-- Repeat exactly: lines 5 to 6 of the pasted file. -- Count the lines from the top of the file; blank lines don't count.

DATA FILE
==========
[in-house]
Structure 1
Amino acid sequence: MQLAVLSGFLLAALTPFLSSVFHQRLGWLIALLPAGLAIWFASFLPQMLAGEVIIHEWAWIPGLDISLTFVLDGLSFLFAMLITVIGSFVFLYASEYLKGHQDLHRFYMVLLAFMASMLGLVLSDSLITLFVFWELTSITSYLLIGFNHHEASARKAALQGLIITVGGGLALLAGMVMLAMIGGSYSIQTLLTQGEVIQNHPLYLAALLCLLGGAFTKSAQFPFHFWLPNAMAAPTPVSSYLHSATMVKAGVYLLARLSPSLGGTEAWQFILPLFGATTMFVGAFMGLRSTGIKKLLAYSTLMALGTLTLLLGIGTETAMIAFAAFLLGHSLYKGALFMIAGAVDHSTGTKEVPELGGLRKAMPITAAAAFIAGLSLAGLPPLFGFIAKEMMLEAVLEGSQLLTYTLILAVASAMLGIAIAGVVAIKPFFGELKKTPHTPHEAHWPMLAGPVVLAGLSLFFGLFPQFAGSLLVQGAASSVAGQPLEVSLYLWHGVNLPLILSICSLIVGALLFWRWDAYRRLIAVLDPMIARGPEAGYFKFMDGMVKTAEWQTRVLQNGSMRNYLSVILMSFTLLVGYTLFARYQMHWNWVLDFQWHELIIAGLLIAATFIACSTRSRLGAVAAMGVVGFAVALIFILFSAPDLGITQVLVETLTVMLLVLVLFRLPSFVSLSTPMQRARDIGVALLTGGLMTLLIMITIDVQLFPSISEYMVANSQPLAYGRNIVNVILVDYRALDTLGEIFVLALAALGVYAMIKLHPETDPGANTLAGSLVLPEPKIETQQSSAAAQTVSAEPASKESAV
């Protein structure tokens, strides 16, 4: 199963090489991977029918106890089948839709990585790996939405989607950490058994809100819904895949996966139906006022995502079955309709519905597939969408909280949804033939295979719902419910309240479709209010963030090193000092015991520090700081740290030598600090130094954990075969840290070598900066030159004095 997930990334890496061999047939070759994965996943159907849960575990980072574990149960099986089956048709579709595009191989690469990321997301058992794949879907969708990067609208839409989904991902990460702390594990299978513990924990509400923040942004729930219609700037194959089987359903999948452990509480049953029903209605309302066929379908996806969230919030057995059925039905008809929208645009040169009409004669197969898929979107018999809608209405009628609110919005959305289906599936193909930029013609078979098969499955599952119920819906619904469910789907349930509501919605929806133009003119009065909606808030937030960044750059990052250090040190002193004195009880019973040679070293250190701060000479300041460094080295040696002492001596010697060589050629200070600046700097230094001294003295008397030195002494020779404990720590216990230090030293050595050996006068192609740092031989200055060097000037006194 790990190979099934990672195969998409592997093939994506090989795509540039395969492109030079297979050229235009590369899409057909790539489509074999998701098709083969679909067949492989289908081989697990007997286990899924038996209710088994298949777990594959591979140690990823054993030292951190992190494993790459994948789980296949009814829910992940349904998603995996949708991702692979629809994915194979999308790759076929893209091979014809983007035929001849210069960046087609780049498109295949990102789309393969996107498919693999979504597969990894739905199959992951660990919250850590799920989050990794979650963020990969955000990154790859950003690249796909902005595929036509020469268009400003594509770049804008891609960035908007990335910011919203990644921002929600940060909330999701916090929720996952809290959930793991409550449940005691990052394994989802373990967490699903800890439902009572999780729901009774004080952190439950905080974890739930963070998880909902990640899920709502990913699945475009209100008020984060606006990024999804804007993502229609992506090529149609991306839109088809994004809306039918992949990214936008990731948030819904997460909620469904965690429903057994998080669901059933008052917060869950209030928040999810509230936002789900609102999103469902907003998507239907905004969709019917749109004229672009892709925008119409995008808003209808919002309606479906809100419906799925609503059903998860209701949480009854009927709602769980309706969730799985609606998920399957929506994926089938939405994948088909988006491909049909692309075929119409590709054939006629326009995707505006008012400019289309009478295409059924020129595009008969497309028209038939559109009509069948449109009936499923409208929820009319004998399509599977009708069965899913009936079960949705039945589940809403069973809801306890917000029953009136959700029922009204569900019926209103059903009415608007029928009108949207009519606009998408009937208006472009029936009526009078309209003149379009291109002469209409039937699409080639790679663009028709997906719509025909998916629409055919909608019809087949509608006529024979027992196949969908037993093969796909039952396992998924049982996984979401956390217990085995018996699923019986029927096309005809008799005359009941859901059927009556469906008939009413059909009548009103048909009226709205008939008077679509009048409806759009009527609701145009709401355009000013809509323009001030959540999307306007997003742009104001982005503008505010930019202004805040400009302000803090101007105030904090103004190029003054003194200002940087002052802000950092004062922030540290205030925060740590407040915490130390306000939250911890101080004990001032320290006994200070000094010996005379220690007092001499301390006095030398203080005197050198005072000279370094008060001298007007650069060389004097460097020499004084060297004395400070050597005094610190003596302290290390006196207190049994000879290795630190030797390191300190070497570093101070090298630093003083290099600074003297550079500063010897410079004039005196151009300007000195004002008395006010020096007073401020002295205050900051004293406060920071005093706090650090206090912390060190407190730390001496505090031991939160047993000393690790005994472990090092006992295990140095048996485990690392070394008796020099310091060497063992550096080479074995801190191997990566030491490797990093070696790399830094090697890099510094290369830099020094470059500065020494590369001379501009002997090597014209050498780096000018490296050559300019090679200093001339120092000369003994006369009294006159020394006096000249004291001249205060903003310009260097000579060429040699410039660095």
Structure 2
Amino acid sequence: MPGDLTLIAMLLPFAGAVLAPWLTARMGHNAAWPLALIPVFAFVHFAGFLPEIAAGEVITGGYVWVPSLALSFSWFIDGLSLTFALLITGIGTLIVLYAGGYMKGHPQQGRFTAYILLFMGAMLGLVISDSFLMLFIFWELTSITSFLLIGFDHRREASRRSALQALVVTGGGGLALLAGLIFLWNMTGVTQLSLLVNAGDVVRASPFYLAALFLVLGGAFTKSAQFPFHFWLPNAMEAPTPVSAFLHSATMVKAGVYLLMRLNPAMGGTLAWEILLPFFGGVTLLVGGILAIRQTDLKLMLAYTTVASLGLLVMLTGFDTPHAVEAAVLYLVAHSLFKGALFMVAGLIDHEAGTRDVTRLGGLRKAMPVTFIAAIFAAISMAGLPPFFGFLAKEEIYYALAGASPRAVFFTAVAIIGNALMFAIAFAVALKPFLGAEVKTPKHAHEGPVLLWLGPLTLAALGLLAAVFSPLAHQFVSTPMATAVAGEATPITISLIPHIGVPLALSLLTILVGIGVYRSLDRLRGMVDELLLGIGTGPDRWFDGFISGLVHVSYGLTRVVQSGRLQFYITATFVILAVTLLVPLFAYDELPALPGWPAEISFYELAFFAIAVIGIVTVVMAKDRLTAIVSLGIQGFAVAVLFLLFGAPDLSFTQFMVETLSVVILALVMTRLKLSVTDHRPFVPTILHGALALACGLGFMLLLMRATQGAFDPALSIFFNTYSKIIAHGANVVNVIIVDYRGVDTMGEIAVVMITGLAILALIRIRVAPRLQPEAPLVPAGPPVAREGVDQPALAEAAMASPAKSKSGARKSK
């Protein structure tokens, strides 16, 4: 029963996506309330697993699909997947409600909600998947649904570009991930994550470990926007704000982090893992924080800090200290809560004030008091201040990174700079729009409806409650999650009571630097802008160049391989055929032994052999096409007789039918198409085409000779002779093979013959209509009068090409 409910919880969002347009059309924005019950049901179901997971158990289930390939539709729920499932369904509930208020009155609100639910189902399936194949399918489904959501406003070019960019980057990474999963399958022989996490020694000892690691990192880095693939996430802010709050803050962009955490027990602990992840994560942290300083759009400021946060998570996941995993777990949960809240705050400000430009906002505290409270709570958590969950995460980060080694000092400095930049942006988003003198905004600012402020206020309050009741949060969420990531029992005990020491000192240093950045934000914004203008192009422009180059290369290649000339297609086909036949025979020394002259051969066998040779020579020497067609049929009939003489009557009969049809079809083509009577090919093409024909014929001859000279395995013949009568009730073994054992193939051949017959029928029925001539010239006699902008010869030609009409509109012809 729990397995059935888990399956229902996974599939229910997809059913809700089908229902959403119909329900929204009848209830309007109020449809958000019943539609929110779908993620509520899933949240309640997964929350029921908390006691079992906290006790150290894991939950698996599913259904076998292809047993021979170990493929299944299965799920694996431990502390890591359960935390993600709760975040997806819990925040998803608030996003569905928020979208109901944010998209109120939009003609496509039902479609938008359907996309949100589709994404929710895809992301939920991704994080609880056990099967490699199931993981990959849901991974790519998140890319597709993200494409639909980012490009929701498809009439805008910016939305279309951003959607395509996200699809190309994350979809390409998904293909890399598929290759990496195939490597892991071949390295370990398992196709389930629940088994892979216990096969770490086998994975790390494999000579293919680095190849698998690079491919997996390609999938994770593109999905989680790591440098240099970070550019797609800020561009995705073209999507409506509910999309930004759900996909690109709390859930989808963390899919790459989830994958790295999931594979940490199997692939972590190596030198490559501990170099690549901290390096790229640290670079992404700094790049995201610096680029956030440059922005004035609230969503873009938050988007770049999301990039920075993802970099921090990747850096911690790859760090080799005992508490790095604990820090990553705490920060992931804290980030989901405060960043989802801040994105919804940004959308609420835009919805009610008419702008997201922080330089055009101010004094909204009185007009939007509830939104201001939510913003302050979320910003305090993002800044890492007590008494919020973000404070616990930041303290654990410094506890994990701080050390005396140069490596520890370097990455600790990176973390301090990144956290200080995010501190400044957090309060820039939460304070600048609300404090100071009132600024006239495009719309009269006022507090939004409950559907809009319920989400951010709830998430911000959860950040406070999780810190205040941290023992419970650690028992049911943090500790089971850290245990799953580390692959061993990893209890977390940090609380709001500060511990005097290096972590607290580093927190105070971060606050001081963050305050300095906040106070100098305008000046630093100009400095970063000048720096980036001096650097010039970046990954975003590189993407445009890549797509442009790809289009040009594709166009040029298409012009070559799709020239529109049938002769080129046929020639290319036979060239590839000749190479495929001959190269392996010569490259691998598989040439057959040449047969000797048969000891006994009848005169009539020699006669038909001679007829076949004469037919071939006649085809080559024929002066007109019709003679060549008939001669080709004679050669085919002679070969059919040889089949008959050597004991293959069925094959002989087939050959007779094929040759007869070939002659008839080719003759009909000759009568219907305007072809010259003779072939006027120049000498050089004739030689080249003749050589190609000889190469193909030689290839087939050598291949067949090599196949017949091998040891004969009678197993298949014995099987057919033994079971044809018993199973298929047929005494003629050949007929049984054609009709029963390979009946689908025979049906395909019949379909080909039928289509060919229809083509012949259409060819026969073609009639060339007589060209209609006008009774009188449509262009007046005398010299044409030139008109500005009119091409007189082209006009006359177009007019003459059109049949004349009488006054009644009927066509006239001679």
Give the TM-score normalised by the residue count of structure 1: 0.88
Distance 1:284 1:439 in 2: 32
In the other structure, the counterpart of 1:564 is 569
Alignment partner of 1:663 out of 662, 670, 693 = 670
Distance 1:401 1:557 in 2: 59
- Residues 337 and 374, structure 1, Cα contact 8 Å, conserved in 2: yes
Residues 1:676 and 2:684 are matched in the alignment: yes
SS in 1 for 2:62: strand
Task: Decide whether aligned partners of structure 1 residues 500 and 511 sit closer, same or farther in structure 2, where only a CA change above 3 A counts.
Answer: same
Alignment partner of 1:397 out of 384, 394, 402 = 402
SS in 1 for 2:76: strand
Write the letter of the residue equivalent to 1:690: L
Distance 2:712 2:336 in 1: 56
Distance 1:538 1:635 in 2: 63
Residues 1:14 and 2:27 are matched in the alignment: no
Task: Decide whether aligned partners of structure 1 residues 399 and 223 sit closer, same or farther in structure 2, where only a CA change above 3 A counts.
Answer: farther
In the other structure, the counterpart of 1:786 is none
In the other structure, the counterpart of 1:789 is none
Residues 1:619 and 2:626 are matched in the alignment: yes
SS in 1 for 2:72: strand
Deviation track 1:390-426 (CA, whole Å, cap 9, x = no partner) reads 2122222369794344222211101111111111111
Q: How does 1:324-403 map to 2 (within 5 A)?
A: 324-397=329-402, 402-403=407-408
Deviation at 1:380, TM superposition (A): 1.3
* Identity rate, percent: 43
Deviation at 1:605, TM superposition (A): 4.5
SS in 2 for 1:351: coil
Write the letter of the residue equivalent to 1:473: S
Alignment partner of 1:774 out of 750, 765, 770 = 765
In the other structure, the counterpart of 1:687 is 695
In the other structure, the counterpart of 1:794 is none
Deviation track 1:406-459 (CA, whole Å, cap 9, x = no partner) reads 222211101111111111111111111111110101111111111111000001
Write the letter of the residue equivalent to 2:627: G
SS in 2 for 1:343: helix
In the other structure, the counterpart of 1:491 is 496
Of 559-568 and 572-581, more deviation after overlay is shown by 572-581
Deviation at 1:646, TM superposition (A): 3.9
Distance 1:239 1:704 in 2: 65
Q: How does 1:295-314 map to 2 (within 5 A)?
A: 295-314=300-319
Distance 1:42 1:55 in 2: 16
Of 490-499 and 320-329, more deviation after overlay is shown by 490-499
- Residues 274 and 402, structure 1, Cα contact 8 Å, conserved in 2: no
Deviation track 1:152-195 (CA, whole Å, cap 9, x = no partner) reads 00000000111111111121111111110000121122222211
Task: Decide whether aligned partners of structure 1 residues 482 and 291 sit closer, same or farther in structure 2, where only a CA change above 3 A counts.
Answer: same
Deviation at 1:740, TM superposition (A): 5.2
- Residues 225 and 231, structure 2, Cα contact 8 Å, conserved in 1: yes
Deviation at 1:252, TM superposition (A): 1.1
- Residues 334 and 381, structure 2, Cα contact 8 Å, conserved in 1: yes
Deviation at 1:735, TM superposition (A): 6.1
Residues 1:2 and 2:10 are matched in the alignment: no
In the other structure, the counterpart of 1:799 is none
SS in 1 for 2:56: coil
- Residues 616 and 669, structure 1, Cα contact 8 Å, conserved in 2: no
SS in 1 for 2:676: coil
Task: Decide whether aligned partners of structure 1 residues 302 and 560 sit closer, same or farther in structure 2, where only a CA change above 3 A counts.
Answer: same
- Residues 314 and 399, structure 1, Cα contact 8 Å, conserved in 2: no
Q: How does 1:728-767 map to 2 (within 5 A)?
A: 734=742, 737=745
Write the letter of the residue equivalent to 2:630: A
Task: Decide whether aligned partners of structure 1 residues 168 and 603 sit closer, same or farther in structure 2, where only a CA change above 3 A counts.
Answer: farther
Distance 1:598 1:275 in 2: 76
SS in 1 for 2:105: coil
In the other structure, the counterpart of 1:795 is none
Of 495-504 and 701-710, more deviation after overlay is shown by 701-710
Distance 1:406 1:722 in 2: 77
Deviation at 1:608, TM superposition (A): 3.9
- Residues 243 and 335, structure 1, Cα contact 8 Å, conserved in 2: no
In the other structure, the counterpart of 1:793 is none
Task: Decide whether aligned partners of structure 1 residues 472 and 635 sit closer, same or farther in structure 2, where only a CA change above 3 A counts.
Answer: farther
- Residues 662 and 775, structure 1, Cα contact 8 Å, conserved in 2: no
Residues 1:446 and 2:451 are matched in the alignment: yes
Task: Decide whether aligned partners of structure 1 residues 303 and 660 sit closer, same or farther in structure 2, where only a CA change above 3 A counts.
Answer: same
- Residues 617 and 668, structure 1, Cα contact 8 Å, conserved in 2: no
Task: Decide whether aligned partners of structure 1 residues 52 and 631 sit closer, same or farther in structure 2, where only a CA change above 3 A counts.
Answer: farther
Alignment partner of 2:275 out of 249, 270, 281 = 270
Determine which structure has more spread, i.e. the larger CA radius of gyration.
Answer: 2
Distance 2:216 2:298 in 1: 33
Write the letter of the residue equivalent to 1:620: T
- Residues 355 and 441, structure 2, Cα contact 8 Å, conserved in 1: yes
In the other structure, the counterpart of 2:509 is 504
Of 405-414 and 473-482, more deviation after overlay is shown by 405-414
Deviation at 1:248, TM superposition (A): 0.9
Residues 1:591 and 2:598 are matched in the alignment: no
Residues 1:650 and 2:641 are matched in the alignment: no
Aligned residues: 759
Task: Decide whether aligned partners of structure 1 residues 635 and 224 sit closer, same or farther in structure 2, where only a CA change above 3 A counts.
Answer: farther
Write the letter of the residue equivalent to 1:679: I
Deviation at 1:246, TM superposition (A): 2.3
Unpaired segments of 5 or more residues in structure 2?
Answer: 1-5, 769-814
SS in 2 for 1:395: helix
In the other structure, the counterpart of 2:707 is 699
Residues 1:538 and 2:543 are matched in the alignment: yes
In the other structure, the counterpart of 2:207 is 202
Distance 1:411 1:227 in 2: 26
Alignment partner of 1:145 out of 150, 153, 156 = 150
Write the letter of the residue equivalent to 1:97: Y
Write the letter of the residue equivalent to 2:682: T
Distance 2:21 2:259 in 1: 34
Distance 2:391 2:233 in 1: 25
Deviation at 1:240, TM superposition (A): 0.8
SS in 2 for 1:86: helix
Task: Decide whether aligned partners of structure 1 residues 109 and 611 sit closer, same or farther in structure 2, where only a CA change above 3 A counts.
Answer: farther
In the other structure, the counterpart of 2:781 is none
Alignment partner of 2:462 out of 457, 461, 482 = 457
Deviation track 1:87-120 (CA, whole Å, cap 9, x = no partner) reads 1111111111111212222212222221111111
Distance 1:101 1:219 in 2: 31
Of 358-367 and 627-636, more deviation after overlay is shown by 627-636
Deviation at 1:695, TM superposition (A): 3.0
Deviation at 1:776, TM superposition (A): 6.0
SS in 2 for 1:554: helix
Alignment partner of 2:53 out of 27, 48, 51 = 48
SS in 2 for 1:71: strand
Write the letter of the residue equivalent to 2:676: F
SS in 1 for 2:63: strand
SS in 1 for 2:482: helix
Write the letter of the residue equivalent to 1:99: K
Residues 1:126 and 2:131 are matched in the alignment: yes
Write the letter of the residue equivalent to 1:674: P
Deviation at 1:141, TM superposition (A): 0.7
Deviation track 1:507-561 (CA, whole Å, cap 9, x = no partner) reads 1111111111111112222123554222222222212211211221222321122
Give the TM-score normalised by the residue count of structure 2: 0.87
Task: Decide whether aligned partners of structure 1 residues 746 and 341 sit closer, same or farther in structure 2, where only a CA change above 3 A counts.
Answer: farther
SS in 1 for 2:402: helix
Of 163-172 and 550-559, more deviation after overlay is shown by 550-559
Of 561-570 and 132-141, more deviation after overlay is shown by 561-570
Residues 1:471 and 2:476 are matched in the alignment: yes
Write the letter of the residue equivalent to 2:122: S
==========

Structure 2
Amino acid sequence: MPGDLTLIAMLLPFAGAVLAPWLTARMGHNAAWPLALIPVFAFVHFAGFLPEIAAGEVITGGYVWVPSLALSFSWFIDGLSLTFALLITGIGTLIVLYAGGYMKGHPQQGRFTAYILLFMGAMLGLVISDSFLMLFIFWELTSITSFLLIGFDHRREASRRSALQALVVTGGGGLALLAGLIFLWNMTGVTQLSLLVNAGDVVRASPFYLAALFLVLGGAFTKSAQFPFHFWLPNAMEAPTPVSAFLHSATMVKAGVYLLMRLNPAMGGTLAWEILLPFFGGVTLLVGGILAIRQTDLKLMLAYTTVASLGLLVMLTGFDTPHAVEAAVLYLVAHSLFKGALFMVAGLIDHEAGTRDVTRLGGLRKAMPVTFIAAIFAAISMAGLPPFFGFLAKEEIYYALAGASPRAVFFTAVAIIGNALMFAIAFAVALKPFLGAEVKTPKHAHEGPVLLWLGPLTLAALGLLAAVFSPLAHQFVSTPMATAVAGEATPITISLIPHIGVPLALSLLTILVGIGVYRSLDRLRGMVDELLLGIGTGPDRWFDGFISGLVHVSYGLTRVVQSGRLQFYITATFVILAVTLLVPLFAYDELPALPGWPAEISFYELAFFAIAVIGIVTVVMAKDRLTAIVSLGIQGFAVAVLFLLFGAPDLSFTQFMVETLSVVILALVMTRLKLSVTDHRPFVPTILHGALALACGLGFMLLLMRATQGAFDPALSIFFNTYSKIIAHGANVVNVIIVDYRGVDTMGEIAVVMITGLAILALIRIRVAPRLQPEAPLVPAGPPVAREGVDQPALAEAAMASPAKSKSGARKSK